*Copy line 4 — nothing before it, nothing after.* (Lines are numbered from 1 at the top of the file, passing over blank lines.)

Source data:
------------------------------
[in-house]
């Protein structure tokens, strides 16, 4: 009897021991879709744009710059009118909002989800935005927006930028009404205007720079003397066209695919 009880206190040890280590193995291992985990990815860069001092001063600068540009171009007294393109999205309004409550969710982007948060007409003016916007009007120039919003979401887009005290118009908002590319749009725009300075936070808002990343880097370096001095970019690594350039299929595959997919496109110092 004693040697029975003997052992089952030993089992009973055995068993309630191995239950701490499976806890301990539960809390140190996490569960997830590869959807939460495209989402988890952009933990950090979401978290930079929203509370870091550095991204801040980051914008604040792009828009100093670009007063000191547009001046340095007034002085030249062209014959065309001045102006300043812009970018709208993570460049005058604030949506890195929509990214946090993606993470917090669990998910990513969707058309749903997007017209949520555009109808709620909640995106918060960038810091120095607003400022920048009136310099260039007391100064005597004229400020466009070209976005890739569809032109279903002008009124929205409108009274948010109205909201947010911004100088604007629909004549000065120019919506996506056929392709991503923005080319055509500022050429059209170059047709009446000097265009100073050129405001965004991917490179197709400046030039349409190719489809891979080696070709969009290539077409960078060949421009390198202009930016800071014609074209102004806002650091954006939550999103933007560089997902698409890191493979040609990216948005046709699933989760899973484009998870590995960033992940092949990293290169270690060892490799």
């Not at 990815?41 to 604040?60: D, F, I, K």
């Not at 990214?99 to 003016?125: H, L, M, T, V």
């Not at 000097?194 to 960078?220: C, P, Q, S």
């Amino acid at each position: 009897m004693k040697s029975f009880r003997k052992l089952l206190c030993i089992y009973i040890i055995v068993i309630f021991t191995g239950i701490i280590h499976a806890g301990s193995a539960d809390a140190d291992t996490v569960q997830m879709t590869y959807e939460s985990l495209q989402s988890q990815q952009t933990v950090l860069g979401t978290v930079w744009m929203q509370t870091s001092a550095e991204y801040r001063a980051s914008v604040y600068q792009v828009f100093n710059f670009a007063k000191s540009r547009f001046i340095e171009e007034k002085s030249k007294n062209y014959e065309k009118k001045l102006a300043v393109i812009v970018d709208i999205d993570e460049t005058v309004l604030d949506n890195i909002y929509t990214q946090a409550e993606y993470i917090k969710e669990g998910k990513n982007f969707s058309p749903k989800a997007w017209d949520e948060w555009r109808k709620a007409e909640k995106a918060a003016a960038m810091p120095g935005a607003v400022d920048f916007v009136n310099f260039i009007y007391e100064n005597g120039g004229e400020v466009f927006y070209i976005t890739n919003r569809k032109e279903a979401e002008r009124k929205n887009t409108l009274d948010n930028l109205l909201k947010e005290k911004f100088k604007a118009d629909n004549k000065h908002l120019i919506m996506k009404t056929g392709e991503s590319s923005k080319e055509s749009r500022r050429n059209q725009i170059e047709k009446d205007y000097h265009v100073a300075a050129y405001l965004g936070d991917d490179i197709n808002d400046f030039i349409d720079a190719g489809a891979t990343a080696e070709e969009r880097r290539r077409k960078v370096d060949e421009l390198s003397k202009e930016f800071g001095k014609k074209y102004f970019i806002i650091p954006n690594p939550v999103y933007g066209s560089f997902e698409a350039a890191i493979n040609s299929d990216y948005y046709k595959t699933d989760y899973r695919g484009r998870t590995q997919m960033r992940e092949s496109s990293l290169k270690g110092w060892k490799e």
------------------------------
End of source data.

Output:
């Not at 990214?99 to 003016?125: H, L, M, T, V």